What is, in your opinion, the most surprising, weird, strange or really "WTF" language feature you have encountered?

Please only one feature per answer.

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  • 5
    @gablin I think if you combined LISP delimiters with PERL regex using javascript parsing you would cover 90% of the WTF... – Talvi Watia Sep 19 '10 at 23:41

320 Answers 320


Digraphs and alternative tokens

C (ISO/IEC 9899:1999, 6.4.6/3) and C++ (ISO/IEC 14882:2003, 2.5) have a feature that is rarely used, called "digraphs" by C and "alternative tokens" by C++. These differ from trigraphs mainly because string literals containing them will never be interpreted differently.

%:include <stdio.h>

int main() <%
    int a<:10:> = <%0%>;
    printf("Here's the 5th element of 'a': %d\n", a<:4:>);
    puts("Evil, eh? %:>");
    return 0;

C++ has many more, including and, or, and not which are required to behave as &&, ||, and !. C has these too, but requires that <iso646.h> be included to use them, treating them as macros rather than tokens. The C++ header <ciso646> is literally an empty file.

It's worth noting that GCC implements support for this weird language feature, but lots of other compilers choke and die when trying to compile the above segment of code.


PHP's list construct:

$array = array(0,1,2);
list (,,$x) = $array;
$x == 2; // true
  • You are listing the array field names as id? Useful, not WTF! Try: $array = array('id','field','value'); and... $x == 'value'; // true. Great for queries! – Talvi Watia Jun 11 '10 at 1:53

Forth can change the base of the numbers at any time:

HEX 10 DECIMAL 16 - .
0 Ok

It need not be one pre-defined one either:

71 Ok

Variables everywhere are taken as globals in Coldfusion, no matter where they are placed.

<cffunction name="one" returntype="void">
    <cfset var wtf="coldfusion">
    <cfinvoke method="second">

<cffunction name="two" returntype="void">
  • And I just thought ColdFusion was bad because the code looks ugly. – Michael Mior Mar 19 '10 at 23:23

In Python:

>>> x = 4
>>> y = 1000000
>>> x is 4
>>> y is 1000000

Just try it if you don´t believe me!

  • 3
    That's because small numbers are predefined or cached objects. So x = 4 actually is a reference to an already existing number, whereas y is simply to big to be stored by default, so both constants create new objects. – poke Feb 8 '10 at 17:40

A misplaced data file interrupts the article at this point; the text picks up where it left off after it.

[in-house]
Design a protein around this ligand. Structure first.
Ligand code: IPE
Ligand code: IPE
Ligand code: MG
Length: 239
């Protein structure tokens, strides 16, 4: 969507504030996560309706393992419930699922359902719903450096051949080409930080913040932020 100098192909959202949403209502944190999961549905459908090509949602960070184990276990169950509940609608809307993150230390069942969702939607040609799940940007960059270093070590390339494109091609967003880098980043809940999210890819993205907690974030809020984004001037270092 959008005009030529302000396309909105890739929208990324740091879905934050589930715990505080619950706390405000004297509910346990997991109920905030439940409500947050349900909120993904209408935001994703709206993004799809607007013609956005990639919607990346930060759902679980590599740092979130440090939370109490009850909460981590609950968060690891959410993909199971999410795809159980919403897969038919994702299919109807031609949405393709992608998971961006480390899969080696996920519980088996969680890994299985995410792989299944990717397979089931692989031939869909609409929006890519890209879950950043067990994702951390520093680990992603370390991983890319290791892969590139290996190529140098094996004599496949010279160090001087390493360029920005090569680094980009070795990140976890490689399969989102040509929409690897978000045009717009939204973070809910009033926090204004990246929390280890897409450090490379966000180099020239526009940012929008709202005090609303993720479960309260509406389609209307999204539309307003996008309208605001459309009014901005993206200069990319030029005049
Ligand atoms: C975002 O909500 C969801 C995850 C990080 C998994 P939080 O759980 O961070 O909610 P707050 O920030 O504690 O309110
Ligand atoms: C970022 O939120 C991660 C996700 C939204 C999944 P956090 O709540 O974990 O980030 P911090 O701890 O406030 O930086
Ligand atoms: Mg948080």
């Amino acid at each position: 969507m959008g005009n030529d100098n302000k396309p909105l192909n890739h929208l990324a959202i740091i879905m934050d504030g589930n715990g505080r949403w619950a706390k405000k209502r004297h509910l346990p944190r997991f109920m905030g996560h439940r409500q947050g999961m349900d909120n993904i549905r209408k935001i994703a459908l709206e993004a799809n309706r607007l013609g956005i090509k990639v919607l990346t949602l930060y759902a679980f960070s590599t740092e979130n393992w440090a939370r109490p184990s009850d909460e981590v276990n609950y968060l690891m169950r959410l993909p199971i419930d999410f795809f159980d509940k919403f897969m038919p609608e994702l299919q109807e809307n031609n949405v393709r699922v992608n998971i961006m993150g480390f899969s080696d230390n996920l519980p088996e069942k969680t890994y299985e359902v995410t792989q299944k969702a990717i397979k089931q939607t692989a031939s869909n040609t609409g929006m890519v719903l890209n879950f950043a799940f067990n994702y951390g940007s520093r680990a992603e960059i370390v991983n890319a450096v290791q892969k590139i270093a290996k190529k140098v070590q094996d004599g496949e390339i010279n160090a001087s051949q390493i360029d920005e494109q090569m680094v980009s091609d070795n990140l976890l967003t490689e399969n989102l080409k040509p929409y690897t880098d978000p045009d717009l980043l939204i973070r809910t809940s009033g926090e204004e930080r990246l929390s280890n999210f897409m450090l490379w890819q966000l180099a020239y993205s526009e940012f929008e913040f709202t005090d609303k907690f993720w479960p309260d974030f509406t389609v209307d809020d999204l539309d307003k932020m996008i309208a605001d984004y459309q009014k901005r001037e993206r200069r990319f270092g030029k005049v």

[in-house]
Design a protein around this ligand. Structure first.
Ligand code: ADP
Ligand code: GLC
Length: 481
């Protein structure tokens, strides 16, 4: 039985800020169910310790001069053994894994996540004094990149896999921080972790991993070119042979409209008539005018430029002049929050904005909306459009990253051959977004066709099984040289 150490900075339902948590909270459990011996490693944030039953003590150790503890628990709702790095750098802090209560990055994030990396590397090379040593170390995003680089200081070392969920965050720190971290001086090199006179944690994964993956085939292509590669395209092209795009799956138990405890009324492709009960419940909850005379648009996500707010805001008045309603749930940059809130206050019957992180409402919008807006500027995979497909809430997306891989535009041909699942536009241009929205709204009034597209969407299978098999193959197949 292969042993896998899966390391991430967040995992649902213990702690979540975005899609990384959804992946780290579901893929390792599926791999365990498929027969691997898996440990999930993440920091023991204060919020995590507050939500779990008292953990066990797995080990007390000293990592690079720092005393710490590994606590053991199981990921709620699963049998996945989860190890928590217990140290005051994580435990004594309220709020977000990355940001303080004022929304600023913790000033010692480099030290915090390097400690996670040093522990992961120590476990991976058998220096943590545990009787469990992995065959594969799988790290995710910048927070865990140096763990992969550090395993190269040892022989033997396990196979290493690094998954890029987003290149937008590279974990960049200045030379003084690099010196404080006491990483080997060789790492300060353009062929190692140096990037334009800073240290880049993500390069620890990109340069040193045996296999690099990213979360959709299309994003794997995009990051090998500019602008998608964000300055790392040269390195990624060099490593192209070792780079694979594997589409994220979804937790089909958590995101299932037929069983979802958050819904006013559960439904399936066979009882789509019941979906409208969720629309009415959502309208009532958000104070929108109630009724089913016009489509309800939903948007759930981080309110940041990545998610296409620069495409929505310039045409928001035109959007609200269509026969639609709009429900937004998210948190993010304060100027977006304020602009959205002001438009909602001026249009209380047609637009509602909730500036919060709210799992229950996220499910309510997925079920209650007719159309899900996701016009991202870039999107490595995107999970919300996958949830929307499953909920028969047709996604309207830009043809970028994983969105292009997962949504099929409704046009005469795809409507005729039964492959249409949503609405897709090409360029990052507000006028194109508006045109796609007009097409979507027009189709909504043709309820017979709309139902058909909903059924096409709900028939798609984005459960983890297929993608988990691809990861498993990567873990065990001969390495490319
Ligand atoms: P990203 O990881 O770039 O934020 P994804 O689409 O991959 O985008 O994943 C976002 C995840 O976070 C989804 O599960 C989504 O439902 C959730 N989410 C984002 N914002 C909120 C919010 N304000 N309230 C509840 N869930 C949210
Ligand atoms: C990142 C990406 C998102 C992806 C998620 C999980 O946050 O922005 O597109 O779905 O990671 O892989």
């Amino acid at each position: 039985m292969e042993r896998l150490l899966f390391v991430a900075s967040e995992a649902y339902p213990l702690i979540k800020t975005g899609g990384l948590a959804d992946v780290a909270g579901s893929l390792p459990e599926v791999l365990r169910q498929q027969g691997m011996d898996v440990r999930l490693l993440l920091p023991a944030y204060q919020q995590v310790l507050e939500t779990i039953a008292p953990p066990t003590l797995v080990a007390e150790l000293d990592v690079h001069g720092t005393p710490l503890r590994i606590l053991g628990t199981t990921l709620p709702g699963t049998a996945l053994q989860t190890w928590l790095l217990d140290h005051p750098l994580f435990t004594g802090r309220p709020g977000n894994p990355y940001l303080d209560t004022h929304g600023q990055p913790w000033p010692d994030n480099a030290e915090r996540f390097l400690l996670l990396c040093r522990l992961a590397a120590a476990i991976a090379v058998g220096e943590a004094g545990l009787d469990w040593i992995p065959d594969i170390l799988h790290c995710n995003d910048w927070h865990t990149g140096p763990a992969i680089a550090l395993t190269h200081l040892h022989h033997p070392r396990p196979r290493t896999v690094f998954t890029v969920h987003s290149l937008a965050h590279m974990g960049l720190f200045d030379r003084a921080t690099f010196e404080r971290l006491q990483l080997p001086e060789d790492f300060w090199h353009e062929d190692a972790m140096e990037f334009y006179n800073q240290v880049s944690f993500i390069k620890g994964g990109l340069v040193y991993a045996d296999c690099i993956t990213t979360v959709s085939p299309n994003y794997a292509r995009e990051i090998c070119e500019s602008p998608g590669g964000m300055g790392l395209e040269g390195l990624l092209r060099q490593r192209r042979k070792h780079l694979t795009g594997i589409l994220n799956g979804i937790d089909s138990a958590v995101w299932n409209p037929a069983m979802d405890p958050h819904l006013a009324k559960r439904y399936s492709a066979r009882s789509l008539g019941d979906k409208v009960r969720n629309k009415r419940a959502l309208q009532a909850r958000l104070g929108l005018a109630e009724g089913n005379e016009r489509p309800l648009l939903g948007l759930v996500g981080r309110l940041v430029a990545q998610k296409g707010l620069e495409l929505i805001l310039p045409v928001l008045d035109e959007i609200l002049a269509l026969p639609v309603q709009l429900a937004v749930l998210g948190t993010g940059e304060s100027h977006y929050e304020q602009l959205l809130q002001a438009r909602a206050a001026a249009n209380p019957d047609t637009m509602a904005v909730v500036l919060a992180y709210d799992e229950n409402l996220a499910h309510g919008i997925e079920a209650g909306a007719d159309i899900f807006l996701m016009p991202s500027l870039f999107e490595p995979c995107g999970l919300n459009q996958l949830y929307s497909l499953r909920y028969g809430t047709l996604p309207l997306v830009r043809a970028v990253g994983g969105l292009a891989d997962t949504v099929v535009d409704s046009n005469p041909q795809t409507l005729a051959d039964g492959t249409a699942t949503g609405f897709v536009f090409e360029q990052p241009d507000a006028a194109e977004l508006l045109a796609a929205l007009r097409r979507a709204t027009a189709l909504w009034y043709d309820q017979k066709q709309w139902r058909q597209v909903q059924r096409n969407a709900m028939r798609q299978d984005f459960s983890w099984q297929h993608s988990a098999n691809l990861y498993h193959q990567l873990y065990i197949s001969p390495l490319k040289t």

• 1
    @poke: doesn't matter why, still crazy – andyczerwonka Feb 3 '11 at 22:27
  • @articpenguin: Just don't compare such primitive values using is and you are fine. – poke Feb 3 '11 at 23:33

In php:

easter_date — Get Unix timestamp for midnight on Easter of a given year

int easter_date ([ int $year ] )

  • 2
    ahh yes. Good old easter_date(). Led to one of the first "hacks" in my career. Semester project, due next day. code is ready: deploy. Not working because Hosting provider has compiled php without this function. What do to? Solution: Hardcode for next 30 years! – Esben Skov Pedersen Dec 6 '10 at 19:40

In Java (Actually, I have wrote this on different SO post recently) :

    int x = 1 + + + + + + + + + + + + + 1;
  • This is weird! Why does it work? – functional Jul 30 '10 at 2:20
  • 1
    It's a sequence of unary positive signs, so it's like 1 + +(+(+(...+(1)...))) – Ming-Tang Sep 4 '10 at 17:42
  • It's double-plus-good! – beerbajay Nov 15 '11 at 15:48

SQLite lets you declare columns with whatever data type you want. It looks for a few particular substrings ("INT", "REAL", "TEXT", etc.) to determine the affinity.

This makes it possible to lie in your type declarations:

   X    FLOATING POINT,  -- = INTEGER affinity because of the "INT"
   Y    STRING,          -- = NUMERIC affinity
  • 1
    Actually the actual storage type is completely dynamic, so even if you say column X is integer, you could still put a blob into it. – poke Jun 9 '10 at 5:40
  • 1
    True. Affinity is just the preferred type to coerce values to. – dan04 Jun 9 '10 at 5:45

This old PHP favorite isn't all that WTFish on its own, but a scope resolution error is one of those things that gets seen by so many developers that it's worth giving some WTF love:

$class = new StdClass();

PHP Parse error:  syntax error, unexpected T_PAAMAYIM_NEKUDOTAYIM on line 3

Fortran's special meaning of different columns. (Probably completely natural if you grew up with punchcards.)

One side effect of this is that e.g. variable names are truncated after column 72. Combined with IMPLICIT NONE this then silently introduces a new variable when such a variable name is started close to column 72.

You'll need

  1. to be aware of this

  2. an editor which highlights the comment part (after column 72) in a different color than the part before...

  • This is especially true on IBM where columns 72 thru 80 are significant to the editor. – Dave Aug 16 '10 at 18:12
  • 1
    For Fortran, you're not supposed use an editor. You are supposed to write your program out on forms where the column utilization is marked by color. Then get it keypunched to cards by the intimidating women at the data entry dept. – SeaDrive Apr 8 '11 at 20:32
  • There is implicit typing too. Variables with names from i to o are implicitly integer. (You could be explicit. No one ever was.) – SeaDrive Apr 8 '11 at 20:33
  • I believe the high columns were usually used for a sequence number so that you could sort your program back into order if it ever got shuffled, i.e. by dropping the deck of cards. – SeaDrive Apr 11 '11 at 15:20